Fortuitous Naming

Naming files and objects in a way that makes using them easier and more efficient


In the last article, we looked at a concrete example showing a particular chunk based a User Setting named custom_theme using a dedicated snippet. In this one, we'll look at an easier method that works without any snippet or output modifier. It's a method I like to call "fortuitous naming."

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Quick Review

In the previous article, we used a snippet with a switch statement to show one of four different chunks depending on the value of the custom_theme User Setting. Here are the tag and the snippet:

[[!AddChunk]]
/* AddChunk snippet */

$chunkName = '';

$themeName = $modx->getOption('custom_theme');

switch ($themeName) {
    case 'midnight':
        $chunkName = 'chunk1';
        break;

    case 'lakeview':
        $chunkName = 'chunk2';
        break;

    case 'seaview':
        $chunkName = 'chunk3';
        break;

    default:
        $chunkName = 'defaultChunk';
}

return $modx->getChunk($chunkName);

return $output;

A Better Way

It might have occurred to you that calling our chunks chunk1, chunk2, and chunk3 was kind of dumb, since the names tell you nothing about what's in the chunks. It makes much more sense to name them after our three themes: midnight, seaview, and lakeview. What's fortuitous about this naming scheme? It allows us to do away with the snippet altogether and just put this tag where we want the chunk's content displayed:

[[!$[[++custom_theme]]]]

In case you don't recognize the structure, this is a setting tag inside a chunk tag. The inner tag, [[++custom_theme]] is parsed first, and is replaced by the value of the User Setting, leaving a standard chunk tag like this: [[!$midnight]]. Since we have a chunk named "midnight," its content will replace the remaining tag on the next pass of the parser.

When you have nested tags like this, be careful not to call the inner tag uncached (with the exclamation point). Making a tag uncached delays its evaluation. The outer tag needs the inner tag to have been evaluated and replaced. If you delay evaluation of the inner tag by making it uncached, the outer tag may fail. In this case, it would be evaluating the inner tag itself rather than the value of the User Setting.


Fortuitous Naming

Call this "fortuitous naming" because it allows you to use the actual names of things in both tags and PHP code. A few articles ago, we saw the same thing with CSS files placed in directories named for the theme they supported. With all main CSS files called theme.css all you need to load one is a single tag containing a setting tag for the theme name. Here's the directory structure:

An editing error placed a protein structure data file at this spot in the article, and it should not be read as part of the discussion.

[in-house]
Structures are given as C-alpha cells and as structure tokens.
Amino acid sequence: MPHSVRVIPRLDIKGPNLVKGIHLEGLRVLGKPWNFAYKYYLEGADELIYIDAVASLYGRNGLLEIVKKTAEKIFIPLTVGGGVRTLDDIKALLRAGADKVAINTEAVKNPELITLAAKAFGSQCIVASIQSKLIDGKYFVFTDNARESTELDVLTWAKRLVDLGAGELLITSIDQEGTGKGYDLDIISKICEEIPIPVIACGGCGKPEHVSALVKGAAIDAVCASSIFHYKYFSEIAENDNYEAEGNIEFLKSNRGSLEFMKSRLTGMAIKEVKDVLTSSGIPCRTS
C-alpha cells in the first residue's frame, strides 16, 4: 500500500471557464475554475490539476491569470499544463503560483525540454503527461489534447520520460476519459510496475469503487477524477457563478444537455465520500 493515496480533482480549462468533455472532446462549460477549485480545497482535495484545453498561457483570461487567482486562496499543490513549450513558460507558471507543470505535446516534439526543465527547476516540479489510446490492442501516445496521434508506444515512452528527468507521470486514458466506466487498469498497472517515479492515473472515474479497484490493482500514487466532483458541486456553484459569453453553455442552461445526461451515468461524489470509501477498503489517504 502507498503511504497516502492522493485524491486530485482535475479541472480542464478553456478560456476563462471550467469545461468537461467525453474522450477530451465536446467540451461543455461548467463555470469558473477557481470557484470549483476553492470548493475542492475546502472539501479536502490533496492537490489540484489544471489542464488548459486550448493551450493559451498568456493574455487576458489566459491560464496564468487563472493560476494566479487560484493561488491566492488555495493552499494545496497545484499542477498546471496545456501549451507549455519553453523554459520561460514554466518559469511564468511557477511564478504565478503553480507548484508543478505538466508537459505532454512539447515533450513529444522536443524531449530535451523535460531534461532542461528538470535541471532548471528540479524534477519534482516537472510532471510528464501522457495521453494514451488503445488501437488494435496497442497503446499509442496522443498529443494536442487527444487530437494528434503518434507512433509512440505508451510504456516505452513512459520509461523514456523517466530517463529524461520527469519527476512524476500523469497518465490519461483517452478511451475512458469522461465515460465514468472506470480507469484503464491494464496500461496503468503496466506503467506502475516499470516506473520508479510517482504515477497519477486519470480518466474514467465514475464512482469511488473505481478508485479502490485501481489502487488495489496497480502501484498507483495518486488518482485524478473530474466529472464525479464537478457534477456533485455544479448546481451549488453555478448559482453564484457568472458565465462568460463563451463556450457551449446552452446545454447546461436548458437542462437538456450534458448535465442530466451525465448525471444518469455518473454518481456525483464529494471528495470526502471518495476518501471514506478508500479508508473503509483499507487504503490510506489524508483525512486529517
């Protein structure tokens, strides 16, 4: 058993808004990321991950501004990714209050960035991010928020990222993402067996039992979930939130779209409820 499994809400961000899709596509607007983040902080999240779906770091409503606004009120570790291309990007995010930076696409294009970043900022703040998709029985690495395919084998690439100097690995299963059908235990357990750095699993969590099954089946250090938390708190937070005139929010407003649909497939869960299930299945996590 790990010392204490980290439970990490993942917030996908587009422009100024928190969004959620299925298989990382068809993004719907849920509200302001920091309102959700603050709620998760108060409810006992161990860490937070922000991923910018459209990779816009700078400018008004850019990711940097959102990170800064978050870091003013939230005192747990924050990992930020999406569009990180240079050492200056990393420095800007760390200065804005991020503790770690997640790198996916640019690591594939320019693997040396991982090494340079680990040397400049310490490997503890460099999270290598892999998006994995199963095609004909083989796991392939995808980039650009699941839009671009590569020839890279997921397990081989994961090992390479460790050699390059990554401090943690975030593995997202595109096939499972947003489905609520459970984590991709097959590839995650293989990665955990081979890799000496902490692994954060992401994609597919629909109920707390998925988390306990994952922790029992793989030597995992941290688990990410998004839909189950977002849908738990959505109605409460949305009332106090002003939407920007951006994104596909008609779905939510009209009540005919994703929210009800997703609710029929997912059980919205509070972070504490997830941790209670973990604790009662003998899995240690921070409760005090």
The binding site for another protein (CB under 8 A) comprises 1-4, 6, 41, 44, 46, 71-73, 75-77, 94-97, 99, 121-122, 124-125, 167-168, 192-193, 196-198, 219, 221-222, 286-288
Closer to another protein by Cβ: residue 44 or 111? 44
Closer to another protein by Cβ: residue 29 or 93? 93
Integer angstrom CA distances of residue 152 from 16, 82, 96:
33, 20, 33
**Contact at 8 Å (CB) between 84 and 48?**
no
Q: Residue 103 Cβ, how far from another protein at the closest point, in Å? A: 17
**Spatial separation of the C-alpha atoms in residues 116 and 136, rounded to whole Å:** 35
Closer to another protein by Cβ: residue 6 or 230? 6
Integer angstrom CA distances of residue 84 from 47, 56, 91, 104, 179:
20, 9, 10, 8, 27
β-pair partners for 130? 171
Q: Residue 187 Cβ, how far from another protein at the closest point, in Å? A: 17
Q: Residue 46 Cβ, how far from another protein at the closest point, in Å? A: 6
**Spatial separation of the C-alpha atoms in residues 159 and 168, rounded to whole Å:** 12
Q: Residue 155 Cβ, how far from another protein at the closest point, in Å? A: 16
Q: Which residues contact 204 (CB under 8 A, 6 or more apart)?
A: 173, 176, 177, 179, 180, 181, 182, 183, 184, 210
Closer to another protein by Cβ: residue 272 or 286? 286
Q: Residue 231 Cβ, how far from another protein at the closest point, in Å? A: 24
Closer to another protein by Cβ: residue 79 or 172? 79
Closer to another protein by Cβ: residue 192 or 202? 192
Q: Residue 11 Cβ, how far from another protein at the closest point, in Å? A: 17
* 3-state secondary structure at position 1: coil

assets
    components
        mysettings
            themes
                midnight
                    theme.css
                lakeview
                    theme.css
                seaview
                    theme.css

Once the files are in place and the custom_theme setting holds the name of the theme, all you need to load the CSS is a line like this:

<link rel="stylesheet" href="[[++assets_url]]components/mysettings/themes/[[++custom_theme]]/theme.css">

What about a Default Chunk?

Our "Better Way" above selects one of three chunks based on your System Setting, but what happens when no User Setting has been set? You might think an output modifier would be the best solution for this, but there are several approaches that are more efficient at handling the case where no User Setting for custom_theme has been set.

If you would like nothing to appear if there's no custom_theme User Setting, you don't have to do anything at all. When MODX fails to find the chunk, it will simply remove the tag.

If you would like to use one of the three existing chunks as a default chunk if no custom_theme User Setting exists, just create a custom_theme System Setting with the name of that theme as the value. If there is no User Setting with that key, the System Setting will be used.

If you have a fourth chunk that you would like to use as the default when there's no custom_theme User Setting, create the chunk, create a custom_theme System Setting, and put the chunk's name in the value of the System Setting. Again, the System Setting's value will be used when there's no custom_theme User Setting


Coming Up

It's usually easier to create settings in the Manager, but suppose that you're creating an extra. In that case you won't have access to the Manager when the extra is being installed. You'll need to create the settings in code in a resolver for your package. We'll look at how to do that in the next article.

 


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